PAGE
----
It was a snowy late December afternoon in 1986 in Santa Fe, New Mexico. I was pet sitting for a local filmmaker—away with his family for Christmas vacation—and I was browsing through the floor-to-ceiling bookshelves that lined the wall of their living room. The one I reached for would change my life:  Natalie Goldberg’s now classic guide Writing Down the Bones, which had recently been published.

I read a few pages, then grabbed a pen and my spiral-bound notebook and began to scribble, following Natalie’s first rule of writing practice: Keep your hand moving.  The instruction was to outrun the inner editor, to “burn to first thoughts, to the place where energy is unobstructed by social politeness or the internal censor,” to lose control and spill onto the page the raw details, unconstrained by spelling, punctuation, grammar.

So  I wrote about the house at the top of Upper Canyon Road where I was staying, windows looking over a forest of juniper, aspen, and pine clear to the spiny ridges of the Sangre de Cristo Mountains—and about how glad I was to be  sleeping somewhere with central heating, because I’d been living with two massage students in an adobe cottage heated by a wood stove in the kitchen and a kerosene heater that left a thick film of black grime on my bedroom walls, and we’d run out of money to buy more pinon firewood until my next check arrived from my $5/hour parttime gig as assistant to an editor on a documentary about nuclear contamination in the Marshall Islands.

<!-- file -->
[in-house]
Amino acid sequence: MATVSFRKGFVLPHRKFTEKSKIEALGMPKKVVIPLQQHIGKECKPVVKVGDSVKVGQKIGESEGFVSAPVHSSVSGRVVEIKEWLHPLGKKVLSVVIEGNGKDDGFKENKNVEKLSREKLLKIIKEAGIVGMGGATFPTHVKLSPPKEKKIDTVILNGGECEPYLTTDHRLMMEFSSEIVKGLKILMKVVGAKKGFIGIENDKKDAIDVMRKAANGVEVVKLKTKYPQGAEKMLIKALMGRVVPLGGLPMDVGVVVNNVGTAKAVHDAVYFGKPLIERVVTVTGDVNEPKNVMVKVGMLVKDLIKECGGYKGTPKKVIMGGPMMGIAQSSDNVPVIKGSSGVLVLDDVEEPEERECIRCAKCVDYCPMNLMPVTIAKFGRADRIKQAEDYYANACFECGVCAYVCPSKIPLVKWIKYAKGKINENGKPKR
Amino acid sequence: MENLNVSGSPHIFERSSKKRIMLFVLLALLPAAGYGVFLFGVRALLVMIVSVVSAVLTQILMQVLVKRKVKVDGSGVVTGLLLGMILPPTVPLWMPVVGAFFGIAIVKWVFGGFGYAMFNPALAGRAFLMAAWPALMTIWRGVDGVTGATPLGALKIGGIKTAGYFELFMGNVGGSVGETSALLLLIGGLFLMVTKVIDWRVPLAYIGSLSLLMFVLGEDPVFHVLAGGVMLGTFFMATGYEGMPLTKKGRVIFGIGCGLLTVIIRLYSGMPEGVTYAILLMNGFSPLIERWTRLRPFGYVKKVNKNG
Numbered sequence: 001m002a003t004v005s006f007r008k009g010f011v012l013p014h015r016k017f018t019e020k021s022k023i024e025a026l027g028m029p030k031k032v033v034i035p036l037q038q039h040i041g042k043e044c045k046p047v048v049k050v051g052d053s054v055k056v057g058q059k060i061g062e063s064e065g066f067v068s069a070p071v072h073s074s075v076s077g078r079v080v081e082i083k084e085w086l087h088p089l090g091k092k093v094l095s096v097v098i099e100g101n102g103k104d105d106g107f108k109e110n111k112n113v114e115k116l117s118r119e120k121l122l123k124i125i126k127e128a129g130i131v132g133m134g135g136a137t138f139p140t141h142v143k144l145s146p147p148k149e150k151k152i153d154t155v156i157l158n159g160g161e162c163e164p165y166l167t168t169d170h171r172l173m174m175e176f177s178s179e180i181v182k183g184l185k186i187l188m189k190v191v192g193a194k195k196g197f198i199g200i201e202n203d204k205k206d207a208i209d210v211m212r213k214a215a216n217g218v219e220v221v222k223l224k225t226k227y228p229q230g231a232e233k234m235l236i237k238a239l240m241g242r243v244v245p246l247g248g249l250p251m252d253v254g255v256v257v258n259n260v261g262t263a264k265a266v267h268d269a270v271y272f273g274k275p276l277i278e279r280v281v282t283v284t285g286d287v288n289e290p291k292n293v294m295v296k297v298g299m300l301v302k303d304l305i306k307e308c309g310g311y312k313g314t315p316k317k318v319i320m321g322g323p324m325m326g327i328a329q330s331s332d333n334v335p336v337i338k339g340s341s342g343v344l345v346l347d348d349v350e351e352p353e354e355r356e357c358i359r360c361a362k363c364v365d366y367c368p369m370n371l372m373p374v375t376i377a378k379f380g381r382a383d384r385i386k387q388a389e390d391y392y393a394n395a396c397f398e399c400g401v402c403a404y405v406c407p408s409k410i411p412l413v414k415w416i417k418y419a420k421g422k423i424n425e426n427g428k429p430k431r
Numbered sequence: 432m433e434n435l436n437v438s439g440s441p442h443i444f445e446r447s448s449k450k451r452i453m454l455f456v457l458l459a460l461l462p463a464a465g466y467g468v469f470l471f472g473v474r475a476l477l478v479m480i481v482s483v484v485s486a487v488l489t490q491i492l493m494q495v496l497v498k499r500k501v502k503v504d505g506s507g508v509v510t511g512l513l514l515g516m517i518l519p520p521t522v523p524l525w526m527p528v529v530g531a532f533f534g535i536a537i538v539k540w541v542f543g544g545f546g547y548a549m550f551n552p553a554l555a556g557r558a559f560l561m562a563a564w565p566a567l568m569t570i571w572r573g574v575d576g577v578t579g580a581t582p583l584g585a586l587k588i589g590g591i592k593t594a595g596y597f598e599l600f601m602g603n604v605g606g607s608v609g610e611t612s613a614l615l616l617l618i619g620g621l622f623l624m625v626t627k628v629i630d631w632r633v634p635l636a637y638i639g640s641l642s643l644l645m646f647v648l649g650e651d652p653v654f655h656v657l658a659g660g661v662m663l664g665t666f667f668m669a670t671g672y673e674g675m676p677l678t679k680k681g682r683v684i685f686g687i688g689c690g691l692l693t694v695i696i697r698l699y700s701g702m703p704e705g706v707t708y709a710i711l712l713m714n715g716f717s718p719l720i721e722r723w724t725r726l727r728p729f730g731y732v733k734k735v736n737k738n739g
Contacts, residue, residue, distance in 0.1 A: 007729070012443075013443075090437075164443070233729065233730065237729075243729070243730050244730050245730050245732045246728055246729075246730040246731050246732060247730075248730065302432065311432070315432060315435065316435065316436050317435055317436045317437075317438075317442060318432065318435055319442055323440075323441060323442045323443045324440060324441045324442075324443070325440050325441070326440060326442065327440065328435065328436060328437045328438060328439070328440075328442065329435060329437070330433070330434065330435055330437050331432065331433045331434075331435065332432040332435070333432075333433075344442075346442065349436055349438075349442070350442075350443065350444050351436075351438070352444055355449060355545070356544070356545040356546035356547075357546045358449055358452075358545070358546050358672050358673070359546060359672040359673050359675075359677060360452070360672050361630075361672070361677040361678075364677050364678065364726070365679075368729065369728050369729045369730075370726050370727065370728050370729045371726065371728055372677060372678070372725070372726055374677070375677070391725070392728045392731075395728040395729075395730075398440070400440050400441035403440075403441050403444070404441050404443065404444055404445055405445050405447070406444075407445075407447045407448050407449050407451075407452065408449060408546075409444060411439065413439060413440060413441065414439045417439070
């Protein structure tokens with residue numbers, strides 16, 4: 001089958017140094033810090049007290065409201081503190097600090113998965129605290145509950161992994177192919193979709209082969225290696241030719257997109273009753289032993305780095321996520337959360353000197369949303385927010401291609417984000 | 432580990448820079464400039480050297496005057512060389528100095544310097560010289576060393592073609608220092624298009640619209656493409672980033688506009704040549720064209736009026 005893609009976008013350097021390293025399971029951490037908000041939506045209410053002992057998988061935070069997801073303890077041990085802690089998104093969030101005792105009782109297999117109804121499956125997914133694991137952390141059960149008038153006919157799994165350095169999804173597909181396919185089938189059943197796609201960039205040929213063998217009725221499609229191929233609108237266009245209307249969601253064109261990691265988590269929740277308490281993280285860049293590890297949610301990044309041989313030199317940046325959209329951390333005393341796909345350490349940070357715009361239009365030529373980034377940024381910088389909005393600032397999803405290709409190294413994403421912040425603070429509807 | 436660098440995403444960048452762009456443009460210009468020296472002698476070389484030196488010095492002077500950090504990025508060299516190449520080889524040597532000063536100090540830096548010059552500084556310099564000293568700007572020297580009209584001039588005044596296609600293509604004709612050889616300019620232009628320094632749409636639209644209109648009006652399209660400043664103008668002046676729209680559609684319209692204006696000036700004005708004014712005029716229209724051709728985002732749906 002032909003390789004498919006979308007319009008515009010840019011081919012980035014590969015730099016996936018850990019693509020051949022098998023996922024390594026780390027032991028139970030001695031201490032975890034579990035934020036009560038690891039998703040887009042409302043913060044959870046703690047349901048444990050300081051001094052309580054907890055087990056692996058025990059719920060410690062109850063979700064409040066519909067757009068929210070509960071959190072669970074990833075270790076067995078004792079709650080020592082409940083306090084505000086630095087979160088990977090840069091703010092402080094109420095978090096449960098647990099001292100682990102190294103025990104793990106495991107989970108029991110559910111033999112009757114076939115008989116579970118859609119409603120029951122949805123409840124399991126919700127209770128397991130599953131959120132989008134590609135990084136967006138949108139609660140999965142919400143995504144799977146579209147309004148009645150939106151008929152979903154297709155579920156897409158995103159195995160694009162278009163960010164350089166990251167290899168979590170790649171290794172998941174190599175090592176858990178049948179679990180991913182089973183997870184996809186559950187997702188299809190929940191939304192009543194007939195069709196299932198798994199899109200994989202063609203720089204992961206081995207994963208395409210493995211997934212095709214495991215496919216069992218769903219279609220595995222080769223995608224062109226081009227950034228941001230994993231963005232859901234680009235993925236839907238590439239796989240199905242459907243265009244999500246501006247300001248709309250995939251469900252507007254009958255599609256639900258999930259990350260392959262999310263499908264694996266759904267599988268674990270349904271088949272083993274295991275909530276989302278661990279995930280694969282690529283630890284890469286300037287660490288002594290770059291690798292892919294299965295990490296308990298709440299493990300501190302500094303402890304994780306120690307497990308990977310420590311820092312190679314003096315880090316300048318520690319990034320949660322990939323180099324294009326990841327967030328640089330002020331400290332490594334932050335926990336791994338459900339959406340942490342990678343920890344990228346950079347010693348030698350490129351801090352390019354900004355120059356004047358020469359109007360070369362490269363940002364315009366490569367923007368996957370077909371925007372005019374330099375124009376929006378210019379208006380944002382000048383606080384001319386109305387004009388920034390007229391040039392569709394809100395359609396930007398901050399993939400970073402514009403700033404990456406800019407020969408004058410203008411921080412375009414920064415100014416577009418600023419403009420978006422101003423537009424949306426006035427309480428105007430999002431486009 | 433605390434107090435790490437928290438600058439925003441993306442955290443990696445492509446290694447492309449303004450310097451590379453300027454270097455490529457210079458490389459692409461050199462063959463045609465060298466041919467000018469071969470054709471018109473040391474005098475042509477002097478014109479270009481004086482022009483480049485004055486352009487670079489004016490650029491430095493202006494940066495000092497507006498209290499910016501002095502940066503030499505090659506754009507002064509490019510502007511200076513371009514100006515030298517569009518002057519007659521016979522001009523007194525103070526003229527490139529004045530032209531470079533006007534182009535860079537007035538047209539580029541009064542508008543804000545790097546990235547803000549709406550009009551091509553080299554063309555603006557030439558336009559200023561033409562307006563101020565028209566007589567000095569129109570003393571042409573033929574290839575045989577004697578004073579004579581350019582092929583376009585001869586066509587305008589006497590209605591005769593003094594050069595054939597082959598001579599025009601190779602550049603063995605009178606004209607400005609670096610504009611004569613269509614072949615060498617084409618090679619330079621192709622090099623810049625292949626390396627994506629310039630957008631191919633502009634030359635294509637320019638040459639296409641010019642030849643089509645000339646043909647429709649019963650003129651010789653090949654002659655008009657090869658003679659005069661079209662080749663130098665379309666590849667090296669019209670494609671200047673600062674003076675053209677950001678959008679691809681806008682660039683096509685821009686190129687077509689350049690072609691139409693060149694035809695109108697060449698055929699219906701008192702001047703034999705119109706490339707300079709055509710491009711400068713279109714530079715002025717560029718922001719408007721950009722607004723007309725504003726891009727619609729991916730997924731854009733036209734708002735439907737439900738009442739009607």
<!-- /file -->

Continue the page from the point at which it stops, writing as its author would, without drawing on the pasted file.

I wrote about the pets that I was taking care of for the filmmaker’s family–a white rat named Marilyn Monroe, and an ancient, incontinent German shepherd who left puddles of diarrhea on the tiled floors. I wrote about how one morning I found the rat dead in her cage and had to call the filmmaker’s hotel in Tucson and leave a message at the front desk that Marilyn Monroe had died; and how I received a message back on my answering machine from a bewildered-sounding hotel clerk passing on the filmmaker’s message that I should put Marilyn Monroe’s body in a Ziploc bag in the freezer. 

I wrote about how strange it was to be alone on Christmas and how the previous year I’d gone home to my parents’ house in New York bearing wreaths of red chili peppers, but this year I didn’t want to face the unspoken family questions about what at 23 years old I was doing with my life when I didn’t know myself yet—and so instead this year I had walked alone on Christmas Eve through tumbling snowflakes, looking at the faralitos, flickering candles in small paper bags lining the doorsteps and sidewalks.

I wrote about the huge crush I had on my first yoga teacher and how I invited him over for dinner at my housesit, hoping to take full advantage of the king-size bed. How I bought ingredients for a squash soup based on a recipe I found in a Gourmet magazine in the living room, a dish that seemed very grown up and sophisticated to me–but when he came over he said he couldn’t eat it, because it included cream and butter and he was vegan. Instead he jimmied the wires on the hot tub so we could crank it way hotter than its safety settings. Then we jumped between the hot tub and the snow drift, back and forth, back and forth, and that’s how we spent our whole date, and then the next day he drove off to a bodywork school in Florida.